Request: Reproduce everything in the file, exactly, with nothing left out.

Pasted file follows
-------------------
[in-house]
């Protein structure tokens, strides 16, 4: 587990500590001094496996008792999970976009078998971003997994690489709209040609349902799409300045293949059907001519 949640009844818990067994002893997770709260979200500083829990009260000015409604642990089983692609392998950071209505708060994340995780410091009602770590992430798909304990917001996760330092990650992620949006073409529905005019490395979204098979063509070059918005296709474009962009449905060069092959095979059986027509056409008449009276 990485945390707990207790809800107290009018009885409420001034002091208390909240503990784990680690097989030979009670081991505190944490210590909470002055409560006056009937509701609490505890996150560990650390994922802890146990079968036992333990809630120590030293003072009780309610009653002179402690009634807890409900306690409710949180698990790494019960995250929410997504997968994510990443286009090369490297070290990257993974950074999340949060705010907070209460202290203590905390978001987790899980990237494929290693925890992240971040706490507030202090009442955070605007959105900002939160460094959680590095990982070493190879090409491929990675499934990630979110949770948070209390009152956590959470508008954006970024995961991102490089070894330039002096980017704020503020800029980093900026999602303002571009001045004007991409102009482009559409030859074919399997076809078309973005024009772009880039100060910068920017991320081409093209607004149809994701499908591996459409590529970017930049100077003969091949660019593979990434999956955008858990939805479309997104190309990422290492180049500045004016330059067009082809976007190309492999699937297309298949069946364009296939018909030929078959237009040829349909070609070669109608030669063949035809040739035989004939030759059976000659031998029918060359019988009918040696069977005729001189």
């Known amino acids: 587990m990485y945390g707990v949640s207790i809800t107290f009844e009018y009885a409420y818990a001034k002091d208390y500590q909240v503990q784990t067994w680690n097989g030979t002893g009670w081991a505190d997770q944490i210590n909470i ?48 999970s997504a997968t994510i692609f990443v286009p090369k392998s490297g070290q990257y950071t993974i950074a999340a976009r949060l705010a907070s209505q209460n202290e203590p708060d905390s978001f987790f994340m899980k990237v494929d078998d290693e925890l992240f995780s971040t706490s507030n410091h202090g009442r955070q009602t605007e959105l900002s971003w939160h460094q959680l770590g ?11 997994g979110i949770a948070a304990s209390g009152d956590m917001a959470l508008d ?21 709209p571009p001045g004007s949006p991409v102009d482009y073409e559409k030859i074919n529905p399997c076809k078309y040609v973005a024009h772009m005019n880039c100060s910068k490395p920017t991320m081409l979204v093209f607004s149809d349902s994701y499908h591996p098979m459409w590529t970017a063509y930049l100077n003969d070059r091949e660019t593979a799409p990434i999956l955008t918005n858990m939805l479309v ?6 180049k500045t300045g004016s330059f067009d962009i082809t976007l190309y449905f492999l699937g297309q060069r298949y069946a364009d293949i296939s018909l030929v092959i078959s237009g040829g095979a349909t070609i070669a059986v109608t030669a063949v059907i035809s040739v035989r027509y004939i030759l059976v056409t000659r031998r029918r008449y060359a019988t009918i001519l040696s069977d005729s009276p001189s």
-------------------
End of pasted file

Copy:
[in-house]
């Protein structure tokens, strides 16, 4: 587990500590001094496996008792999970976009078998971003997994690489709209040609349902799409300045293949059907001519 949640009844818990067994002893997770709260979200500083829990009260000015409604642990089983692609392998950071209505708060994340995780410091009602770590992430798909304990917001996760330092990650992620949006073409529905005019490395979204098979063509070059918005296709474009962009449905060069092959095979059986027509056409008449009276 990485945390707990207790809800107290009018009885409420001034002091208390909240503990784990680690097989030979009670081991505190944490210590909470002055409560006056009937509701609490505890996150560990650390994922802890146990079968036992333990809630120590030293003072009780309610009653002179402690009634807890409900306690409710949180698990790494019960995250929410997504997968994510990443286009090369490297070290990257993974950074999340949060705010907070209460202290203590905390978001987790899980990237494929290693925890992240971040706490507030202090009442955070605007959105900002939160460094959680590095990982070493190879090409491929990675499934990630979110949770948070209390009152956590959470508008954006970024995961991102490089070894330039002096980017704020503020800029980093900026999602303002571009001045004007991409102009482009559409030859074919399997076809078309973005024009772009880039100060910068920017991320081409093209607004149809994701499908591996459409590529970017930049100077003969091949660019593979990434999956955008858990939805479309997104190309990422290492180049500045004016330059067009082809976007190309492999699937297309298949069946364009296939018909030929078959237009040829349909070609070669109608030669063949035809040739035989004939030759059976000659031998029918060359019988009918040696069977005729001189």
């Known amino acids: 587990m990485y945390g707990v949640s207790i809800t107290f009844e009018y009885a409420y818990a001034k002091d208390y500590q909240v503990q784990t067994w680690n097989g030979t002893g009670w081991a505190d997770q944490i210590n909470i ?48 999970s997504a997968t994510i692609f990443v286009p090369k392998s490297g070290q990257y950071t993974i950074a999340a976009r949060l705010a907070s209505q209460n202290e203590p708060d905390s978001f987790f994340m899980k990237v494929d078998d290693e925890l992240f995780s971040t706490s507030n410091h202090g009442r955070q009602t605007e959105l900002s971003w939160h460094q959680l770590g ?11 997994g979110i949770a948070a304990s209390g009152d956590m917001a959470l508008d ?21 709209p571009p001045g004007s949006p991409v102009d482009y073409e559409k030859i074919n529905p399997c076809k078309y040609v973005a024009h772009m005019n880039c100060s910068k490395p920017t991320m081409l979204v093209f607004s149809d349902s994701y499908h591996p098979m459409w590529t970017a063509y930049l100077n003969d070059r091949e660019t593979a799409p990434i999956l955008t918005n858990m939805l479309v ?6 180049k500045t300045g004016s330059f067009d962009i082809t976007l190309y449905f492999l699937g297309q060069r298949y069946a364009d293949i296939s018909l030929v092959i078959s237009g040829g095979a349909t070609i070669a059986v109608t030669a063949v059907i035809s040739v035989r027509y004939i030759l059976v056409t000659r031998r029918r008449y060359a019988t009918i001519l040696s069977d005729s009276p001189s």